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The Bangladesh Police want to encourage greater speed in the investigation of homicide, but without compromising quality. The leadership is concerned about the amount of time it takes for investigations to be completed because of the negative effects delays can have on other parts of the criminal justice system as well as the experience of victims and their families. At the same time, investigators are reluctant to conclude cases quickly, fearing that the quality of their work and the outcomes at trial might suffer. Measuring speed in these conditions turns out not to be so simple and straightforward.
Victimization surveys are a common tool to measure people’s sense of safety in the Global North and are becoming more familiar in the Global South. What should governments and international development organizations to, though when these surveys reveal disparities between the sense of safety of women and men? Can the results of these surveys be analyzed across countries in order to identify what contributions can lead to meaningful improvements in the safety of women? Do these surveys need to be supplemented by administrative data and other sources of information and insight in order to find out what to do?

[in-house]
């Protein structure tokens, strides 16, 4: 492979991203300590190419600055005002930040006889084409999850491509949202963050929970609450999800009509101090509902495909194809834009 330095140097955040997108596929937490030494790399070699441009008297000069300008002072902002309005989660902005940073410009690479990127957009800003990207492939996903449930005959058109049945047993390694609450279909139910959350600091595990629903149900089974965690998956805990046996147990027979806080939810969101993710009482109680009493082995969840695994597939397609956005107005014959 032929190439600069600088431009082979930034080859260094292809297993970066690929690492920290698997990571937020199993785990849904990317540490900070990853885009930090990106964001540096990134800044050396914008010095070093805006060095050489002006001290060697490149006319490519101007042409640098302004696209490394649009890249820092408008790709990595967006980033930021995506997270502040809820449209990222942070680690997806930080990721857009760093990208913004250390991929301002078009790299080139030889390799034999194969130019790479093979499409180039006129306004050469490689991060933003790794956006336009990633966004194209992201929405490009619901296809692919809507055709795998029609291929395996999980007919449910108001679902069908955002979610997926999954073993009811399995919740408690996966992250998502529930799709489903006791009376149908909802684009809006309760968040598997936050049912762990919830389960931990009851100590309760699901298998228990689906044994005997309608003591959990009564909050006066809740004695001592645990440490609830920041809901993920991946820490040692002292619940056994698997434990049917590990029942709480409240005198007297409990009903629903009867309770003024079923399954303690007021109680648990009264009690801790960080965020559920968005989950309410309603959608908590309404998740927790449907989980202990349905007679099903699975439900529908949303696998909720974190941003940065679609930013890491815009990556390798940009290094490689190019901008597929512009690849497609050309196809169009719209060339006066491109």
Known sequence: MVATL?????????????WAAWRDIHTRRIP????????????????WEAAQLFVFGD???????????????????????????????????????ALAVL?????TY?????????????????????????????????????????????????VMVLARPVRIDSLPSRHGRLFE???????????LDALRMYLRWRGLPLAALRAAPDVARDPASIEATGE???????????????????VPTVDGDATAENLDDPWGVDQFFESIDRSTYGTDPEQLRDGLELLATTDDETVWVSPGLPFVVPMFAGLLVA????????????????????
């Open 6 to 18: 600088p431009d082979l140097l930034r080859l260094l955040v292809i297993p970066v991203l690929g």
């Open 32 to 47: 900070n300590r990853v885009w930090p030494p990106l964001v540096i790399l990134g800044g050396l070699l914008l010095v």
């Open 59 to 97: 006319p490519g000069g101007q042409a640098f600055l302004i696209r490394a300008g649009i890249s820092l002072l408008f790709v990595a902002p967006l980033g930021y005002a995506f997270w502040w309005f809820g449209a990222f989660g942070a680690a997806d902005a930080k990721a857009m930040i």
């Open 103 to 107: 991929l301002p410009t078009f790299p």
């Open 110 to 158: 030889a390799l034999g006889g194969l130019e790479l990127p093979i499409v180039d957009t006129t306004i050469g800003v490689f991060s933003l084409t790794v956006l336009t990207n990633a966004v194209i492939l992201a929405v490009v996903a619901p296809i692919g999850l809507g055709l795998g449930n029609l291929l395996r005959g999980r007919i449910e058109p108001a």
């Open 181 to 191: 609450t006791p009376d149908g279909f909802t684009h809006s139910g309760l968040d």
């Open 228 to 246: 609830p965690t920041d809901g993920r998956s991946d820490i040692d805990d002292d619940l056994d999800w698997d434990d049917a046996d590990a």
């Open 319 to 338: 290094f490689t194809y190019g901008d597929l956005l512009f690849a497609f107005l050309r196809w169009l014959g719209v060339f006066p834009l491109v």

Nigeria has spent more than a decade trying to 'decongest' its overcrowded prisons. Despite marked reductions in the total number of prison inmates in the first decade of this century, many prisons in the southern states of Nigeria, particularly those that house un-sentenced inmates, remain severely crowded, with people confined in dangerous and unhealthy conditions. In 2009 the Attorney General of Lagos State summoned experts to an inter-agency forum seeking fresh ideas and new measures to improve justice. Knowing that it would take a long time to introduce structural solutions to what he called 'practices and procedures that foster delay in criminal trial', he asked for help developing an indicator that could chart incremental progress in the short term. In 2010 a team from the Attorney General’s office, the CLEEN Foundation, and Harvard began developing a measure of the duration of pretrial detention by studying the records of inmates that leave prison each month.